This module will discuss the theory behind radio telescopes and their use in modern astronomy. The module will begin by discussing the processes of detecting microwaves and radio waves, and the challenge that these forms of observations encounter. The physics behind the design of radio telescopes will be explored with particular reference to current radio telescopes and interferometers. With the knowledge of how observations in this region of the electromagnetic spectrum are made, the module will discuss the astronomical objects and phenomena which are observed at by these instruments. Particular attention will be given to the cosmic microwave background, radio galaxies and pulsars.
Module learning outcomes
At the conclusion of the module students will be able to:
Understand the physics which describes the fundamentals of electromagnetic wave propagation
Understand the physics which underpins the construction of microwave and radio telescopes and perform calculations related to these concepts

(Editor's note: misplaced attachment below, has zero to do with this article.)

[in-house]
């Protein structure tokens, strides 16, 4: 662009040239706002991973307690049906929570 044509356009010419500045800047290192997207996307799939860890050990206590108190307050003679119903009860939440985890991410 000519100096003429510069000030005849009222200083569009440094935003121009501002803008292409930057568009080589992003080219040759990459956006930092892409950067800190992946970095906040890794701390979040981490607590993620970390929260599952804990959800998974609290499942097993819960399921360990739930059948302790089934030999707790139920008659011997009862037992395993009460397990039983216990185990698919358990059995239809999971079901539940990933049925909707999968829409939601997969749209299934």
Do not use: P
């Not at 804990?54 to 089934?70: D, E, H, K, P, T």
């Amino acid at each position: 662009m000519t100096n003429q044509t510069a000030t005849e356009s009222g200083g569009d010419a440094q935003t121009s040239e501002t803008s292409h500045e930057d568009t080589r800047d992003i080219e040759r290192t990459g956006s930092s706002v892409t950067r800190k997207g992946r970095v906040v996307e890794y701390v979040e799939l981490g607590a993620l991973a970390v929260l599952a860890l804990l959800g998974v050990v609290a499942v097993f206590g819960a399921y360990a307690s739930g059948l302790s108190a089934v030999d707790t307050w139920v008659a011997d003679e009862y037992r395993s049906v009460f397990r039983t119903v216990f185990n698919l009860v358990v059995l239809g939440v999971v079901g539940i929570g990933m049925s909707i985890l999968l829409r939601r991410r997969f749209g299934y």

Discuss the difficulties faced by astronomers making observations in each of these regions and how they may be overcome
Understand the concept of the Fourier transform and its application in astronomy
Analyse and understand the design of radio telescopes
Understand the technique of interferometry and its application in observational astronomy
Discuss the observation of cosmic microwave background and understand its origin
Discuss observations of stars, galaxies and pulsars in the radio region of the electromagnetic spectrum.
% of module mark
Special assessment rules
% of module mark
The tutor will give regular individual feedback throughout the module on work submitted.
The assessment feedback is as per the university’s guidelines with regard to timings.
Burke, B. F.: An introduction to Radio Astronomy, Cambridge University Press, 2014
Lashley, J.: The Radio Sky and How to Observe It, Springer, 2010
Fleisch, D.: A Student’s Guide to Maxwell’s Equations, Cambridge University Press, 2008
James, J.F.: A Student’s Guide to the Fourier Transform, Cambridge University Press, 2011